Composers and their collaborators move forward in isolation.
A lot of things came together — or came apart — at once,” says composer Lisa Bielawa, describing the genesis of her COVID-19-themed project Broadcast from Home. “A lot of things got canceled. My touring schedule was wiped out. I was stuck at home, and I wasn’t writing the pieces I thought I’d be writing.”
Rather than passively bemoaning her fate, Bielawa quickly went to work on Broadcast from Home. The unfolding, crowdsourced composition consists of three- to five-minute “chapters,” posted every Thursday on SoundCloud, using submitted testimonies about the quarantine. (“Somehow it feels like the world has simultaneously paused and begun to go twice as fast.”) The dense, polytonal music suggests the miasma of the pandemic experience.
At the beginning of each week’s process, Bielawa composes melodic fragments to these texts and delivers them to a diverse groups of musicians, including her own students and a chorus from the University of Souh Florida. The performers send back their fragmentary, sometimes improvised work, and Bielawa assembles each chapter in Pro Tools, with producer Ben Young putting together the final mix. “Usually you finish the score, then tell the performers what to do,” Bielawa says. “Now I’m going in the opposite direction.” Eventually, she plans to incorporate the recordings into a live version of Broadcast from Home.
“I can’t afford to get involved in compositional niceties right now,” says Bielawa. “I’ve got to respond to what people are feeling at the moment.”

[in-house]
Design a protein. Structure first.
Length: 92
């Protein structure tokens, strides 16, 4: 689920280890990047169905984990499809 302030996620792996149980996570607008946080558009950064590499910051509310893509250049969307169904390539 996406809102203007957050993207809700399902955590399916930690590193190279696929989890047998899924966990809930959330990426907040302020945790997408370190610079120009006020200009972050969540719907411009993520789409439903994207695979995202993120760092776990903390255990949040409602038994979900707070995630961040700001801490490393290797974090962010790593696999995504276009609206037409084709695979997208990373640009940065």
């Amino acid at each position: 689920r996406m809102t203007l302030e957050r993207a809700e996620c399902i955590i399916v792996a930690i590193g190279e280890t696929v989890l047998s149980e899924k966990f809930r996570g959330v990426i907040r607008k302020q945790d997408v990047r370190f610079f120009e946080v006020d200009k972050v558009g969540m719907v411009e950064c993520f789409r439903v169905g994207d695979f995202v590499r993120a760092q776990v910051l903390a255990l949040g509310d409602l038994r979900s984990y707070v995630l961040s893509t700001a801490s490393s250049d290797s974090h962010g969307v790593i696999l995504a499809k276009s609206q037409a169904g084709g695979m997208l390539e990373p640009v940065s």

Composer Kamala Sankaram’s all decisions will be made by consensus offers a more whimsical look at the impact of the coronavirus. The video opera, with text by Sankaram’s frequent collaborator Rob Handel, lampoons the ubiquity — and awkwardness — of Zoom meetings in our newly reconfigured culture. “In the first week of March, I started having things canceled,” says Sankaram. “It made me sad and upset, but my particular tendency when I’m facing emotions of this magnitude is to want to work more.”
In all decisions, six political radicals plan a demonstration via Zoom; as they fumble with the digital platform and yell over each other’s words, their aleatoric vocal lines clash in jarring but hilarious dissonances. Sankaram herself plays one of the participants, and grabs one of the piece’s funniest moments, her character shouting franticly but silently because she has forgotten to press “Unmute.” HERE Arts Center premiered the piece in real time on April 24 (it can now be streamed on Facebook); afterward, the singers and musicians made a pass-the-hat bid for donations and received contributions averaging five dollars a viewer: enough to offer some compensation to the project’s personnel.
“This could be a model for work going forward,” Sankaram says. “If you charged five dollars a ticket and got enough people to watch, you could pay singers a good fee. One of the things that made me happy about this project is that I made work for other people.”